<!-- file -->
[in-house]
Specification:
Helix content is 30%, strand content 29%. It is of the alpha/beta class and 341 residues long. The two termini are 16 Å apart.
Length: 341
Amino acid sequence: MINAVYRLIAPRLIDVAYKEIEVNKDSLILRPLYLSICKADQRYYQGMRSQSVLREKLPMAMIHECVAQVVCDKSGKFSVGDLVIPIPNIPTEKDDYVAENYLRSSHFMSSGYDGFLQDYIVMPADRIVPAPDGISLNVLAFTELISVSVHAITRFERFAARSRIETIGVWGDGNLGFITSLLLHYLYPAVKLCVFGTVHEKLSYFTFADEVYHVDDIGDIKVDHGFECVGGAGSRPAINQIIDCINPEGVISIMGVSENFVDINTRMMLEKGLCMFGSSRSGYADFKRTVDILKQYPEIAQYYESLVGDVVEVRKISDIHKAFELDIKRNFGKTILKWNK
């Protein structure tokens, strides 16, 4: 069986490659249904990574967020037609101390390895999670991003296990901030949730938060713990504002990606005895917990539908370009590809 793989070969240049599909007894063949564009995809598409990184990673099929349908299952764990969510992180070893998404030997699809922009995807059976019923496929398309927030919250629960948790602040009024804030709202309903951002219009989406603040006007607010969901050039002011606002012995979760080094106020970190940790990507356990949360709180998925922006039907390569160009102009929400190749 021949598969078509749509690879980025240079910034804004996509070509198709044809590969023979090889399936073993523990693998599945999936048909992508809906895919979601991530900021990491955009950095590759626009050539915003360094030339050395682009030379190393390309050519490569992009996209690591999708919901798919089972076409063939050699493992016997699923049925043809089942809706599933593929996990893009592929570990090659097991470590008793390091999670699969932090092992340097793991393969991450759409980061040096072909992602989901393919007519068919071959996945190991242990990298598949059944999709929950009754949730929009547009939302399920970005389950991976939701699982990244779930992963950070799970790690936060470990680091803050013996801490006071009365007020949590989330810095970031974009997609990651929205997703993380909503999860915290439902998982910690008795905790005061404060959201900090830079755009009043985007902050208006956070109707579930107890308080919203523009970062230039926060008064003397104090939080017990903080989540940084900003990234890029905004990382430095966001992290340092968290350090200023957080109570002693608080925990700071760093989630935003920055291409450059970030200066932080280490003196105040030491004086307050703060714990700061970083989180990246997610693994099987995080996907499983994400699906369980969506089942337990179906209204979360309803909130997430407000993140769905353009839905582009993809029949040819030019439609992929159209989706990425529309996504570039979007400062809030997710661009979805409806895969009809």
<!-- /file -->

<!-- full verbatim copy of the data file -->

[in-house]
Specification:
Helix content is 30%, strand content 29%. It is of the alpha/beta class and 341 residues long. The two termini are 16 Å apart.
Length: 341
Amino acid sequence: MINAVYRLIAPRLIDVAYKEIEVNKDSLILRPLYLSICKADQRYYQGMRSQSVLREKLPMAMIHECVAQVVCDKSGKFSVGDLVIPIPNIPTEKDDYVAENYLRSSHFMSSGYDGFLQDYIVMPADRIVPAPDGISLNVLAFTELISVSVHAITRFERFAARSRIETIGVWGDGNLGFITSLLLHYLYPAVKLCVFGTVHEKLSYFTFADEVYHVDDIGDIKVDHGFECVGGAGSRPAINQIIDCINPEGVISIMGVSENFVDINTRMMLEKGLCMFGSSRSGYADFKRTVDILKQYPEIAQYYESLVGDVVEVRKISDIHKAFELDIKRNFGKTILKWNK
């Protein structure tokens, strides 16, 4: 069986490659249904990574967020037609101390390895999670991003296990901030949730938060713990504002990606005895917990539908370009590809 793989070969240049599909007894063949564009995809598409990184990673099929349908299952764990969510992180070893998404030997699809922009995807059976019923496929398309927030919250629960948790602040009024804030709202309903951002219009989406603040006007607010969901050039002011606002012995979760080094106020970190940790990507356990949360709180998925922006039907390569160009102009929400190749 021949598969078509749509690879980025240079910034804004996509070509198709044809590969023979090889399936073993523990693998599945999936048909992508809906895919979601991530900021990491955009950095590759626009050539915003360094030339050395682009030379190393390309050519490569992009996209690591999708919901798919089972076409063939050699493992016997699923049925043809089942809706599933593929996990893009592929570990090659097991470590008793390091999670699969932090092992340097793991393969991450759409980061040096072909992602989901393919007519068919071959996945190991242990990298598949059944999709929950009754949730929009547009939302399920970005389950991976939701699982990244779930992963950070799970790690936060470990680091803050013996801490006071009365007020949590989330810095970031974009997609990651929205997703993380909503999860915290439902998982910690008795905790005061404060959201900090830079755009009043985007902050208006956070109707579930107890308080919203523009970062230039926060008064003397104090939080017990903080989540940084900003990234890029905004990382430095966001992290340092968290350090200023957080109570002693608080925990700071760093989630935003920055291409450059970030200066932080280490003196105040030491004086307050703060714990700061970083989180990246997610693994099987995080996907499983994400699906369980969506089942337990179906209204979360309803909130997430407000993140769905353009839905582009993809029949040819030019439609992929159209989706990425529309996504570039979007400062809030997710661009979805409806895969009809």